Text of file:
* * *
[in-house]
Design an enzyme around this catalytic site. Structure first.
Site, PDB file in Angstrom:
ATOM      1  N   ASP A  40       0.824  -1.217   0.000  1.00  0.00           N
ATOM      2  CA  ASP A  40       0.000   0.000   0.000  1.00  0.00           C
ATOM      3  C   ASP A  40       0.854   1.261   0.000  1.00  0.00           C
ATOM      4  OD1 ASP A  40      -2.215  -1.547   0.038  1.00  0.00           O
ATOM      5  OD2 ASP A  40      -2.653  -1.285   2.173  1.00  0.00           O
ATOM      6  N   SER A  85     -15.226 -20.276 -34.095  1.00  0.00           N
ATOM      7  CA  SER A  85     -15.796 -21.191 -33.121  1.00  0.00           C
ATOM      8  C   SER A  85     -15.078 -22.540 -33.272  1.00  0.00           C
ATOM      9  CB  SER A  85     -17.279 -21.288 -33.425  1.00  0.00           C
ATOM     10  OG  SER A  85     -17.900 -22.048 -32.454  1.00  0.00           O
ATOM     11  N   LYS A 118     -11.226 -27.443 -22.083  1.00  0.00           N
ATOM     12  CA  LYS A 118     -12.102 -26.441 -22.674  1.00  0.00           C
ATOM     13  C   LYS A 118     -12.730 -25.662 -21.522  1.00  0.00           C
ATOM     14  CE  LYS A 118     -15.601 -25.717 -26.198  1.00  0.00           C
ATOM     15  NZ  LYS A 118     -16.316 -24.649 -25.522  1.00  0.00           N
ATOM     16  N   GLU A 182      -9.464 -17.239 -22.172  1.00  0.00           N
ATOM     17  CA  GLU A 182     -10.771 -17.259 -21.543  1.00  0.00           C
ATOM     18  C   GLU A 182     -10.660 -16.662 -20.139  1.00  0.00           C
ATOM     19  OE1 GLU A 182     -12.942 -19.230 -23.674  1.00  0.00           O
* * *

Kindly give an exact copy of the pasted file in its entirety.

[in-house]
Design an enzyme around this catalytic site. Structure first.
Site, PDB file in Angstrom:
ATOM      1  N   ASP A  40       0.824  -1.217   0.000  1.00  0.00           N
ATOM      2  CA  ASP A  40       0.000   0.000   0.000  1.00  0.00           C
ATOM      3  C   ASP A  40       0.854   1.261   0.000  1.00  0.00           C
ATOM      4  OD1 ASP A  40      -2.215  -1.547   0.038  1.00  0.00           O
ATOM      5  OD2 ASP A  40      -2.653  -1.285   2.173  1.00  0.00           O
ATOM      6  N   SER A  85     -15.226 -20.276 -34.095  1.00  0.00           N
ATOM      7  CA  SER A  85     -15.796 -21.191 -33.121  1.00  0.00           C
ATOM      8  C   SER A  85     -15.078 -22.540 -33.272  1.00  0.00           C
ATOM      9  CB  SER A  85     -17.279 -21.288 -33.425  1.00  0.00           C
ATOM     10  OG  SER A  85     -17.900 -22.048 -32.454  1.00  0.00           O
ATOM     11  N   LYS A 118     -11.226 -27.443 -22.083  1.00  0.00           N
ATOM     12  CA  LYS A 118     -12.102 -26.441 -22.674  1.00  0.00           C
ATOM     13  C   LYS A 118     -12.730 -25.662 -21.522  1.00  0.00           C
ATOM     14  CE  LYS A 118     -15.601 -25.717 -26.198  1.00  0.00           C
ATOM     15  NZ  LYS A 118     -16.316 -24.649 -25.522  1.00  0.00           N
ATOM     16  N   GLU A 182      -9.464 -17.239 -22.172  1.00  0.00           N
ATOM     17  CA  GLU A 182     -10.771 -17.259 -21.543  1.00  0.00           C
ATOM     18  C   GLU A 182     -10.660 -16.662 -20.139  1.00  0.00           C
ATOM     19  OE1 GLU A 182     -12.942 -19.230 -23.674  1.00  0.00           O